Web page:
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Debt solutions

9th January 2022 · 4 minute read

Published by The Real Debt Guy

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Discount debt offer: Make sure the price is right

There was once a lady who reached out to us. She was really struggling with her debt. She had three young children and her debt has been passed to a Debt Collection Agency. However, the Debt Collection Agency had been in touch and they had an offer. It was for a lower amount than the original debt if she could agree to their terms. Was this real? Well, if your debt is currently with a Debt Collector, what could happen is the Debt Collector could make you a discounted offer for that debt. Sounds strange right? Why on earth would you be given a discount, when you owe them money? Well, it’s actually quite logical once you have an understanding.

Anything is a bonus

If your debt becomes defaulted, Creditors often end up classifying your debt as a ‘bad debt’, or a ‘write-off’. Not always, but this does happen. You see, the value of that debt is no longer viewed the same way by the Creditor. That’s because they treat it differently in their financial accounting, it’s lost money to them. Any money they manage to get back is a bonus. That's why debt can end up being sold to a Debt Collector at a reduced rate.

Debt Collectors....We’re in the money

Debt Collectors are believed to buy debt at somewhere between 3-10% of the actual debt value, so that’s around 3p - 10p for every pound of debt!

The Real Debt Guy

You see Debt Collectors are believed to buy debt at somewhere between 3-10% of the actual debt value, so that’s around 3p - 10p for every pound of debt (also see ‘Defaulted debt: will my debt be sold to a Debt Collector' for more on this). If you have £10,000 worth of debt with a Debt Collector, you can assume the Debt Collector purchased it at somewhere between £300 - £1,000. If you then receive an offer of 50% off your debt - reducing it to £5,000 - the Debt Collector is still set to make a profit. A sizeable profit at that!

Get the price right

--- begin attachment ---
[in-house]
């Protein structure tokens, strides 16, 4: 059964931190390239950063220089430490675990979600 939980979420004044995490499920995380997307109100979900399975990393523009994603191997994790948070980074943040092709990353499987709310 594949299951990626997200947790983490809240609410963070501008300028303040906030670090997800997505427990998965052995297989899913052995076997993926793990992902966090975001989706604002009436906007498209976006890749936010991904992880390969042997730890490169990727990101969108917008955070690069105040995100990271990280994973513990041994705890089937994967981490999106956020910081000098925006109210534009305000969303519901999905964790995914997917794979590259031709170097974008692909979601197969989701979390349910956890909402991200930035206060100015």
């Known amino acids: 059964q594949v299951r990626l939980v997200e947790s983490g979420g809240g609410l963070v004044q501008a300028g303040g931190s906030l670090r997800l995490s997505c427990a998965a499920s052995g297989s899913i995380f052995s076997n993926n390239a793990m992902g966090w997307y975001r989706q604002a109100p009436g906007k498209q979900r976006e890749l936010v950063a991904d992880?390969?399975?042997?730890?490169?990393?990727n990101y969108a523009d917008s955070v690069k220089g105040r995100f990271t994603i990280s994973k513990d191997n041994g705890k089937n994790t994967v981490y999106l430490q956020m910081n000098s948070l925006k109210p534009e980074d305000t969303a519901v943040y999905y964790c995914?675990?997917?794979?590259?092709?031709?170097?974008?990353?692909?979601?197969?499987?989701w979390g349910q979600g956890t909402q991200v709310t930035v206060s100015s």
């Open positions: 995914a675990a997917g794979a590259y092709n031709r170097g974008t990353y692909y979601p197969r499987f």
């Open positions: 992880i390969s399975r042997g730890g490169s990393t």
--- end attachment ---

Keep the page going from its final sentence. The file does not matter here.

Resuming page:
Once the Debt Collector has contacted you with a discounted offer for your debt, it’s time to get your negotiating boots on. Don’t just accept the first offer. Try to secure between 10-20% of the original debt value. If you get this, you’ve done very well.

Shall I send them an offer?

Now if you’re reading this and you haven’t been approached by the Debt Collector with an offer, you may wish to contact them first. However, this comes with a word of warning. This will put you in a vulnerable situation.

The Debt Collector may see this as a sign that you want to settle and take advantage by refusing to budge on the amount or reducing the debt by a fraction. You could see this as showing your cards and can play into the Debt Collector’s hands.

Always communicate in writing

You’ll see this message throughout our website, it’s one of the most important tips you’ll pick up. Always keep conversations with Debt Collectors in writing. Make sure you get confirmation of the discount offer, in writing.

This includes confirmation that once you have made the payment, the remaining amount will be written off and you will never be chased for the debt again. If you don’t have this written confirmation as evidence, it’s as if there is no agreement and you’re at risk of being chased for the remaining balance. This happens all too often. It’s wrong but it genuinely does happen.

Don't forget to read The Real Debt Guy's final thoughts below!

The information in this article is considered to be true and correct at the date of publication.

The Real Debt Guy's final thoughts.

If the Debt Collector contacts you with a discount offer, great. You’ve got the advantage and there’s definitely some wiggle room to work this in your favour.

Reaching out to the Debt Collector to request a discount is a gamble and not a move to make unless you are prepared to be disappointed. Remember they have the upper hand if you make the first move.

If you can’t agree a suitable settlement amount, the best thing you can do is continue to make the Token Payments you can afford. Don’t enter into a settlement agreement unless you are 100% comfortable with the amount and terms.

Also check out our guide ‘8 Steps to Handle Debt with a Debt Collector’ for more information on dealing with Debt Collectors.

Simplifying complicated matters.

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